The Constitutional Anti-Corruption Principle: A Brief Comparative View

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Author: Grigory Mashanov

DOI: 10.21128/1812-7126-2022-5-78-94

Keywords: anti-corruption; comparative anti-corruption; anti-corruption principle; constitutional law anti-corruption


In the last 10 years, 131 countries out of 180 have made no significant progress in fighting corruption, Transparency International (TI) reported in January 2022. This demonstrates, once again, that new approaches to counter corruption need to be found. Constitutional law theory may be helpful here. The concept of an anti-corruption principle in constitutionalism, introduced in 2009 by Prof. Zephyr Teachout, remains an underappreciated legal concept. This principle declares that constitutionalism provides inherent anti-corruption tools which allow preventing corruption, combating it, and liquidating its consequences. This paper reviews the constitutions of many nations to discover, surprisingly, how different countries have written into their basic laws the same integrity support provisions. The few Russian authors who have done such reviews classified their findings based on regional perspectives. In contrast, we suggest that similar concepts appear in countries with very different legal and political cultures. Sometimes countries like Brazil and Ukraine has more common, than Malaysia and Singapore. This proves for another time that there are universal anti-corruption constructions, such as division of powers, parliamentary and judicial oversight etc., which are used to secure the integrity in countries with very different background. Therefore, the classification ought to be institution-based, not territorial based. More importantly, the emphasis should not be on declarations of anti-corruption commitment but on specific provisions limiting monopolies and official discretion, as well as ensuring transparency and accountability. Indeed, while countries like Equatorial Guinea prescribe anti-corruption commitment with one of the worst corruption perceptions score (CPI) in the world, countries like Germany or Georgia have a significant number of anti-corruption constitutional constructions without a single mention of “corruption” and “bribe” in their constitutions’ texts, while having a satisfactory CPI level. The constitutionalism idea provides for an anti-corruption platform anywhere it is implemented. This paper provides a very short demonstration of the correlation between a country’s perceived corruption level and its level of economic development and freedom. However, current instruments do not allow us to solve the question: can causation be found between the development of anti-corruption provisions in the fundamental law and the country’s position in the Corruption Perceptions Index by TI? This paper develops the concept of an Anti-Corruption Principle Development Index (ACPDI), which can help answer that question.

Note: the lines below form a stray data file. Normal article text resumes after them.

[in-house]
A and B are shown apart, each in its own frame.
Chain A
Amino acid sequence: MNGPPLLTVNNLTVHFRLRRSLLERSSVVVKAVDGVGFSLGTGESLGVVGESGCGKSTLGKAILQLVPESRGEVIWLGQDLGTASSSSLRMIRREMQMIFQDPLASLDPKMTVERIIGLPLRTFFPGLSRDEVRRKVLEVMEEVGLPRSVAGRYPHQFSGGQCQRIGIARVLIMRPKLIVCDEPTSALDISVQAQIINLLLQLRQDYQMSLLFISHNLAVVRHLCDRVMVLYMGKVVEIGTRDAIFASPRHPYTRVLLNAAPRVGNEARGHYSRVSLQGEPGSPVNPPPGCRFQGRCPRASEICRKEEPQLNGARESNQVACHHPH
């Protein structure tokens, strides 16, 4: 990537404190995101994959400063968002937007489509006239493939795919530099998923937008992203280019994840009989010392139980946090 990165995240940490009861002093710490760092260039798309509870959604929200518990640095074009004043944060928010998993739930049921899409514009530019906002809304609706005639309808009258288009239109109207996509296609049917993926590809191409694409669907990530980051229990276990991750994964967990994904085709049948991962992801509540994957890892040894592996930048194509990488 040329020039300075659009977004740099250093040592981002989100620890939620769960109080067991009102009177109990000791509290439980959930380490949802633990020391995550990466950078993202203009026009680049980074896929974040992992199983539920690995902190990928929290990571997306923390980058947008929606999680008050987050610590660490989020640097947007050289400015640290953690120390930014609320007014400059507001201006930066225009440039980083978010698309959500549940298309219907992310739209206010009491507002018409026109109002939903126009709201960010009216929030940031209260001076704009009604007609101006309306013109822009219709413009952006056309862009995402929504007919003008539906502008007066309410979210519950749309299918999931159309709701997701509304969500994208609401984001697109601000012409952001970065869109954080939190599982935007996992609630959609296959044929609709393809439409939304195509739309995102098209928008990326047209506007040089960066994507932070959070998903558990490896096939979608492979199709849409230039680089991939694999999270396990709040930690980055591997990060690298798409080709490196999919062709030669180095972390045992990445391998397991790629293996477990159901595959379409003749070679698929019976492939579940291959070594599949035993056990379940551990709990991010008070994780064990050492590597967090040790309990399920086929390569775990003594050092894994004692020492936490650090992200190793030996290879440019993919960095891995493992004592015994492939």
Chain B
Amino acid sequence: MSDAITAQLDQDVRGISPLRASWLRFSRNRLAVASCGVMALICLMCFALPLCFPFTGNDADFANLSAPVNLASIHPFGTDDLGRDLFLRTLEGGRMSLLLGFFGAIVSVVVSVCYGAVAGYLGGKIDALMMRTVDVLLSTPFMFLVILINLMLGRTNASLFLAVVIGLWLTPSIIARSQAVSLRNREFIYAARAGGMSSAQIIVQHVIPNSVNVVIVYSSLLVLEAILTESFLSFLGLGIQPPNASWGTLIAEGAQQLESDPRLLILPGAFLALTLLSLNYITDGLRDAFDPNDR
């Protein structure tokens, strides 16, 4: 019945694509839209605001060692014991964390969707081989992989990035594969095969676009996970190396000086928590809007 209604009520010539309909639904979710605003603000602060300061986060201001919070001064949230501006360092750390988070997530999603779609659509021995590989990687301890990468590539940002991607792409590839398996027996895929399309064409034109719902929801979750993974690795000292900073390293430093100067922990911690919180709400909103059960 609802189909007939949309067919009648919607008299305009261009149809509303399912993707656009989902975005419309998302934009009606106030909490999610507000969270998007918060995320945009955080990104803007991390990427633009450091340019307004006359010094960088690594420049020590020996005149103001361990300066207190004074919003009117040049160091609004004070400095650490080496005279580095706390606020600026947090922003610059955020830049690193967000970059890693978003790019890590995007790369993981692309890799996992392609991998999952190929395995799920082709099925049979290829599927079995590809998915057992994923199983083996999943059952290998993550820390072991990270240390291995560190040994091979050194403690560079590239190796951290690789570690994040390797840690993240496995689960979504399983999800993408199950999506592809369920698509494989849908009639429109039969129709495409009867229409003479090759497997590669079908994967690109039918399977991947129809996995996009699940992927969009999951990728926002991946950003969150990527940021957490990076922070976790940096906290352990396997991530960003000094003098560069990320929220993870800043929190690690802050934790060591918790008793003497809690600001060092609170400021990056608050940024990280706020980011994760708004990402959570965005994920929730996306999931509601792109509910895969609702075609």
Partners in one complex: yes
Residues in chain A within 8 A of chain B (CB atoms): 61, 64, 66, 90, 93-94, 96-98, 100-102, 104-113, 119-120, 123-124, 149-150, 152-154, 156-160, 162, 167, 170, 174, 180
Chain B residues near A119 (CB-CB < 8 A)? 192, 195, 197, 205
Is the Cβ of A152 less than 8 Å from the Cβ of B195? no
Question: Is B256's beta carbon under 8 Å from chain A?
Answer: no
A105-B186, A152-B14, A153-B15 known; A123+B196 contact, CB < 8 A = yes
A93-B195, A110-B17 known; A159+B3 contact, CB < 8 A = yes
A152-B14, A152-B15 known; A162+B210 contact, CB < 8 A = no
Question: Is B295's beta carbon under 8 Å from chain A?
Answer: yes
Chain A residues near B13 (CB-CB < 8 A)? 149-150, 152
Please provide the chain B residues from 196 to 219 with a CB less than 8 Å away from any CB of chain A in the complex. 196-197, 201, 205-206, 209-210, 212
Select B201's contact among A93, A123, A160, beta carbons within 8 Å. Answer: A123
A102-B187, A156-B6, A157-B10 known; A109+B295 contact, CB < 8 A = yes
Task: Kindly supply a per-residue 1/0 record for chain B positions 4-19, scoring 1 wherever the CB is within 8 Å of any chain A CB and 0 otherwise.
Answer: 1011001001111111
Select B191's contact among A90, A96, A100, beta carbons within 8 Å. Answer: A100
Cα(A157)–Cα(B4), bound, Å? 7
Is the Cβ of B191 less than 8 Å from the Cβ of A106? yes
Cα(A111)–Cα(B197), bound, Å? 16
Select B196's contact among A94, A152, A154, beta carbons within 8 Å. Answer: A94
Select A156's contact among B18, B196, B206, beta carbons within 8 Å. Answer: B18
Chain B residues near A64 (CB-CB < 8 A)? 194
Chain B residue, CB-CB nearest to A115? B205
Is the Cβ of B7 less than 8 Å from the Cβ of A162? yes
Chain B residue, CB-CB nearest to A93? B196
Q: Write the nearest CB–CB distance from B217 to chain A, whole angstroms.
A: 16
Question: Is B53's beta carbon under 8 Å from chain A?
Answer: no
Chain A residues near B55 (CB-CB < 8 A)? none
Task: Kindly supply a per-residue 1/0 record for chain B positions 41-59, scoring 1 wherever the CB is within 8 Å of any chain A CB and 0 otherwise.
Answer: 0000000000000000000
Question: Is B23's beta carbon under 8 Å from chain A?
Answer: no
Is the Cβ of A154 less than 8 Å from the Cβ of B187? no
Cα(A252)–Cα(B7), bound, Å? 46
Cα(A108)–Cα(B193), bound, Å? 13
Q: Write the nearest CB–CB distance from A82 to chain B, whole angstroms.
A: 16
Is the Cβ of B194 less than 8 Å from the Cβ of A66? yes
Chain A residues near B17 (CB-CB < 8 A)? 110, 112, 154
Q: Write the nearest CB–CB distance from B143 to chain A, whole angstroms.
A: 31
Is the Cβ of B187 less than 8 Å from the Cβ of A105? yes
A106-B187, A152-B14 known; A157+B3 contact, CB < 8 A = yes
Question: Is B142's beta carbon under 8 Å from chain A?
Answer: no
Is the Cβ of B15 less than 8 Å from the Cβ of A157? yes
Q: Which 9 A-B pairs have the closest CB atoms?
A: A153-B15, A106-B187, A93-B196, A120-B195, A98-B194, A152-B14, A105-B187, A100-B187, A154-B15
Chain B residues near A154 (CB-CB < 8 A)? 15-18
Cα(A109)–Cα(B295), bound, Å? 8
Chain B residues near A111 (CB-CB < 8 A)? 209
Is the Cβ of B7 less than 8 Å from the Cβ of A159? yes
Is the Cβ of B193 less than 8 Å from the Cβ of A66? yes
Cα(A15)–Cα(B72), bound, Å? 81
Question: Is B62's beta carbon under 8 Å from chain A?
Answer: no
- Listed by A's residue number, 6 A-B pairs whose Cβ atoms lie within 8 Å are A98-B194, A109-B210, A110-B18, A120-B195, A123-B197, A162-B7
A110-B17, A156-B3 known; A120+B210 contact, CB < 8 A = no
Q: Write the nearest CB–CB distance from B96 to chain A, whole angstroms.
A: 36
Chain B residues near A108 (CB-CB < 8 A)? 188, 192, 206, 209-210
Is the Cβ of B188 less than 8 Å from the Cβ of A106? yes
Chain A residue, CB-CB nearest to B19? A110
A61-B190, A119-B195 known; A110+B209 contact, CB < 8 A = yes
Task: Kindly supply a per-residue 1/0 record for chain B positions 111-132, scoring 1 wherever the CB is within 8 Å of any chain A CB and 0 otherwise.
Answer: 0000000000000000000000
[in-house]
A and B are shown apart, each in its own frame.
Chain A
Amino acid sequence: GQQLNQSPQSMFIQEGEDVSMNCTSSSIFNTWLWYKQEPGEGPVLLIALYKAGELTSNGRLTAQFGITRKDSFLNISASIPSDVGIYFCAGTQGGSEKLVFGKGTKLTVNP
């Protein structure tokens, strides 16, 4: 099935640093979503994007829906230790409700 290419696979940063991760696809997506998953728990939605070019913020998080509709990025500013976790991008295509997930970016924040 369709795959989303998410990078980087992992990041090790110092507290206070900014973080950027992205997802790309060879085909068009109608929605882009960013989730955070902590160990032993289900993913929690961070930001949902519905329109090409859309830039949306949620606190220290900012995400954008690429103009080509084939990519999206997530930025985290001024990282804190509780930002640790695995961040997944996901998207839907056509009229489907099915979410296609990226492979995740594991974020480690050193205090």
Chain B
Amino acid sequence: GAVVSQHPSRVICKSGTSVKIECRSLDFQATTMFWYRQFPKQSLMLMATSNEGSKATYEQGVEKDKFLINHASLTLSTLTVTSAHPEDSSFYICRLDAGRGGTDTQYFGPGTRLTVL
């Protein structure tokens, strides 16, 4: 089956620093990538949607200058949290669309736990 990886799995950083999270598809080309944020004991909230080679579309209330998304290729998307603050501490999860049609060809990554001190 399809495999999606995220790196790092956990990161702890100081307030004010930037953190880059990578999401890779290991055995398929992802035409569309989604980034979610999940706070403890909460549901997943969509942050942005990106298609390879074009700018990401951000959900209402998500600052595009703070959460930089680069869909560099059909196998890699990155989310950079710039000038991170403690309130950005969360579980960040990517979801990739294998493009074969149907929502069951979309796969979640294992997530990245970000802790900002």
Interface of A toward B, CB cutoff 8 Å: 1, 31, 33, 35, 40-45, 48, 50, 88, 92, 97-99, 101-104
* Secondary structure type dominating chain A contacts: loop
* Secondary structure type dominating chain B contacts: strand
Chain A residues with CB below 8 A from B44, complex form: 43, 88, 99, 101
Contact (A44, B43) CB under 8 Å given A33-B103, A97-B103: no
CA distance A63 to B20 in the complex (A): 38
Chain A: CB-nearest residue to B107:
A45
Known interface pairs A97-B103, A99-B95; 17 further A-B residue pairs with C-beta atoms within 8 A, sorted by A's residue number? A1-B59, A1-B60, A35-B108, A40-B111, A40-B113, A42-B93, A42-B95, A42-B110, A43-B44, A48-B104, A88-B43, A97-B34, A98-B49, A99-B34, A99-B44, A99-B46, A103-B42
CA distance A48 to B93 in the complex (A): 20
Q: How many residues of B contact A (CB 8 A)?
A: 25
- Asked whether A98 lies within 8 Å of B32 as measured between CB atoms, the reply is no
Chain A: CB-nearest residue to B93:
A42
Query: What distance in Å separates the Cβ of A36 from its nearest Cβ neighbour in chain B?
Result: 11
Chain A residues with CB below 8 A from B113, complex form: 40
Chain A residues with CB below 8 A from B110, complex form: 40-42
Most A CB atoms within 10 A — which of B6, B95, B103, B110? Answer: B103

About the author: Grigory Mashanov – Ph.D. Student at Department of Public Law, Faculty of Law, HSE University, Senior Lawyer at Transparency International – Russia.

Citation: Mashanov G. (2022) The Constitutional Anti-Corruption Principle: A Brief Comparative View. Sravnitel’noe konstitutsionnoe obozrenie, vol. 31, no. 5, pp. 78–94.


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